At the end of 2009, President Obama was weathering criticism for his excessively deferential approach to China and his shortsighted neglect of India. At the end of 2010, his administration deserves much credit for toughening its stance toward Beijing, affirming its commitment to a robust strategic partnership with New Delhi, and boosting America’s security posture across the region.
Three U.S. officials deserve particular recognition: Hillary Clinton, Robert Gates, and Kurt Campbell, the last of whom is Foggy Bottom’s top diplomat for East Asia and the Pacific. Without much domestic fanfare, they have been working aggressively to counter Chinese influence and promote what George W. Bush once called “a balance of power that favors freedom.”
Indeed, over the past seven months, Team Obama has (1) established a new defense framework with Indonesia; (2) announced the resumption of military exchanges with the Indonesian special forces; (3) led multinational peacekeeping exercises in Cambodia; (4) conducted the first joint U.S.-Vietnam military drills since the 1975 fall of Saigon; (5) launched a high-level defense dialogue with the Vietnamese government; (6) obtained membership in the East Asia Summit; (7) tightened financial sanctions against North Korea; (8) bolstered the U.S. alliance with South Korea — and sent a blunt message to Pyongyang and Beijing — through a series of large-scale war games; (9) completed (albeit after much unnecessary haggling) a U.S.-Korea free-trade deal; (10) formalized a new strategic partnership with New Zealand; (11) expanded defense cooperation with Australia; (12) signed a raft of bilateral economic agreements with India while also relaxing curbs on U.S. high-tech exports to the South Asian giant; (13) endorsed a permanent Indian seat on the United Nations Security Council; and (14) held trilateral talks with Tokyo and Seoul.
When it comes to Asian alliance management, Hillary has been superb. I recently chatted with two former Bush-administration Asia hands — both hawkish conservatives — who lavished praise on Clinton for her stewardship of U.S. diplomacy in the Far East. One of them had previously told me that Hillary’s July 2009 speech to the ASEAN Regional Forum (delivered just two months after Pyongyang’s second nuclear test) was “the best statement on North Korea strategy in the past 20 years.”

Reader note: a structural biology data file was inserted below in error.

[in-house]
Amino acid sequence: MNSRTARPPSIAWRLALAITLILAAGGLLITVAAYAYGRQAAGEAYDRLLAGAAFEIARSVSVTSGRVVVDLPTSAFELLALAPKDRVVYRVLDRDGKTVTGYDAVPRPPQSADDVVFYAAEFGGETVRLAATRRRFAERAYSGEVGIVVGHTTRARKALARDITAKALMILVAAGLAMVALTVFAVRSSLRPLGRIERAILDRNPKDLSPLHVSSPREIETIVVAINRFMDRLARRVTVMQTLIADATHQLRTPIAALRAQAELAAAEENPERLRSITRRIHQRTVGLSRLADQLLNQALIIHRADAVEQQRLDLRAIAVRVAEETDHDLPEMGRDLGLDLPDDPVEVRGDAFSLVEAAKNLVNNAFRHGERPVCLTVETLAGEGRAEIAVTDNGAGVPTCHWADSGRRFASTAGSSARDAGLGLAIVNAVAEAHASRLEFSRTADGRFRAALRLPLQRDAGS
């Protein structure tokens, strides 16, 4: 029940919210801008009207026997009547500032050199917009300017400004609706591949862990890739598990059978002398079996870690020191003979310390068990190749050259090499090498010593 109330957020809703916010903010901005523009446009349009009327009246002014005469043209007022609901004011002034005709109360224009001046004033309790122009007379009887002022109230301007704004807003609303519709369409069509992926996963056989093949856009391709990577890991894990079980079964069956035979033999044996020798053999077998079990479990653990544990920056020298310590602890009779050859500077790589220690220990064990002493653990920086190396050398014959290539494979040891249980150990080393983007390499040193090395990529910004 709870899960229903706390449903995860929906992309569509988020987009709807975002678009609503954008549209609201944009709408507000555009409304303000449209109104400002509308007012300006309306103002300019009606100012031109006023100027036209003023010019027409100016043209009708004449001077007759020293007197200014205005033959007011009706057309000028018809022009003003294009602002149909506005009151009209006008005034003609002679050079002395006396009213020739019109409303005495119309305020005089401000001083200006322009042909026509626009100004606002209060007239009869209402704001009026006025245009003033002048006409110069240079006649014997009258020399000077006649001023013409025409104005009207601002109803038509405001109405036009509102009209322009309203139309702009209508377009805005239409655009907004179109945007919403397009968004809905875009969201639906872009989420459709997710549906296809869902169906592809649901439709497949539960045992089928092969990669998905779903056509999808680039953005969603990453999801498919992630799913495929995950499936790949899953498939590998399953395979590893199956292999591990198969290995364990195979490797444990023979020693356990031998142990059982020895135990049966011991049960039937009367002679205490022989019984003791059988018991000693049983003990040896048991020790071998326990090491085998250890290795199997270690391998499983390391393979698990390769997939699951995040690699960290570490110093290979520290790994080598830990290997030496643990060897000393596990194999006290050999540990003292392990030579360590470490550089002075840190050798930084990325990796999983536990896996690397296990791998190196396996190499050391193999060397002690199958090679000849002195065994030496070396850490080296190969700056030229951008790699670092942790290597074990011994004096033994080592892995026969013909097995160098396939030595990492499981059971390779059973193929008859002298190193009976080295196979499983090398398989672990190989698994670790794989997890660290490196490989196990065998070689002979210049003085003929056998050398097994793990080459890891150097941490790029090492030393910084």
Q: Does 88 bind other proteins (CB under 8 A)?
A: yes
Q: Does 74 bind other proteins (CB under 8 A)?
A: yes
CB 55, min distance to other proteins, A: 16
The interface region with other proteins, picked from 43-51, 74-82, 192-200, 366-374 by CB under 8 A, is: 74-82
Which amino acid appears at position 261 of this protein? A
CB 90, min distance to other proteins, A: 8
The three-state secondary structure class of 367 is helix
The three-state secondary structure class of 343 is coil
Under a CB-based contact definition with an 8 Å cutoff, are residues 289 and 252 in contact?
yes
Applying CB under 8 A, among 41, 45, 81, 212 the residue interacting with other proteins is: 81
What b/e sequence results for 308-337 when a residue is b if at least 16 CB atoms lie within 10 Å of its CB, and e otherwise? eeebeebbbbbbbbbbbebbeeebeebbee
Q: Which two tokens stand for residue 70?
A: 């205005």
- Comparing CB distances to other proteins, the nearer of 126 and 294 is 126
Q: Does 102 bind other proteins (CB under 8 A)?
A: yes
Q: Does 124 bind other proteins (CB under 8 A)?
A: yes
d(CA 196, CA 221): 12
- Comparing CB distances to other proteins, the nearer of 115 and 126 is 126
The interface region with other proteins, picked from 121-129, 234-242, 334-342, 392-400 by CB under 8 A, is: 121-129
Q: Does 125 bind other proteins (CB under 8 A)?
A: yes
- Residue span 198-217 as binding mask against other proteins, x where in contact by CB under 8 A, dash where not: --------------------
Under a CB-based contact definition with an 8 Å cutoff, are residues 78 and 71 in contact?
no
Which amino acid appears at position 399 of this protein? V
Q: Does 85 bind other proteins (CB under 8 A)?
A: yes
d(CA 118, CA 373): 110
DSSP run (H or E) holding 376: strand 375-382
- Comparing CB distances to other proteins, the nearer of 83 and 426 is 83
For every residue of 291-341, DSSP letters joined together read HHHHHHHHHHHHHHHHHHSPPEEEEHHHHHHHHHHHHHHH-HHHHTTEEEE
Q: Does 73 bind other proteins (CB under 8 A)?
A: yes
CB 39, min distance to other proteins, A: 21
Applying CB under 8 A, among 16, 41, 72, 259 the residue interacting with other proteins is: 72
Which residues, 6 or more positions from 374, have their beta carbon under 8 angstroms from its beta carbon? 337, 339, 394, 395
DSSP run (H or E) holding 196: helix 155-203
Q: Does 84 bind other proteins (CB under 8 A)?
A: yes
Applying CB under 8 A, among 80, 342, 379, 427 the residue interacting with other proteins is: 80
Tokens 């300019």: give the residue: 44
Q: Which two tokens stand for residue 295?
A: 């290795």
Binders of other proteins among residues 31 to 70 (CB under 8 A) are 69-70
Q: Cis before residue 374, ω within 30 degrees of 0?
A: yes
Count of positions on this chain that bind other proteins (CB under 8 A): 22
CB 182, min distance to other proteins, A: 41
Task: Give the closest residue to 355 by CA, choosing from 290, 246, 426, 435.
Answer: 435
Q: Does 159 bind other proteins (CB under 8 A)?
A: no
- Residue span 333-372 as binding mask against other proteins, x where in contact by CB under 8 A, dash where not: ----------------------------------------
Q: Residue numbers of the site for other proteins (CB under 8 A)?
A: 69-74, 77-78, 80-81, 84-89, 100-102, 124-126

Addressing that same forum in July 2010, Clinton characterized the ongoing South China Sea territorial disputes as a matter of U.S. national interest and urged a peaceful, multilateral resolution in accordance with international law. Her remarks were greatly appreciated by the ASEAN countries (especially Vietnam) — which have grown tired of frequent Chinese bullying — but they triggered howls of outrage in Beijing, which considers virtually the entire body of water to be its own sovereign jurisdiction. More recently, after a Sino-Japanese maritime incident near the Senkaku Islands (located in the East China Sea and claimed by both Beijing and Tokyo), Clinton angered the Chinese by assuring Japanese foreign minster Seiji Maehara that the Senkakus were protected under the 1960 U.S.-Japan defense treaty. She reiterated that pledge during her October 27 press conference with Maehara in Honolulu. As an Economist correspondent noted, “This drove Chinese diplomats slightly up the wall.”
To be sure, Hillary has sought to deepen U.S. engagement with China on a wide range of issues, but she has also pursued a vigorous campaign to strengthen American relations with other Asia-Pacific countries, including both longtime allies (Japan, South Korea, Australia) and emerging powers (India, Vietnam, Indonesia). This, essentially, was the Bush strategy. On North Korea, the Obama administration has actually been “more hardline, more conditional, more neoconservative than Bush was during the last four years of his term,” former CIA analyst Bruce Klinger said recently.
Repeated North Korean and Chinese provocations have obviously made it easier for Hillary & Co. to enhance U.S. partnerships throughout the region. But Clinton should be applauded for her diplomatic spadework, which reflects a tough-minded realism. “Much of the history of the 21st century will be written in Asia,” she declared on October 28. All the more reason to commend her achievements.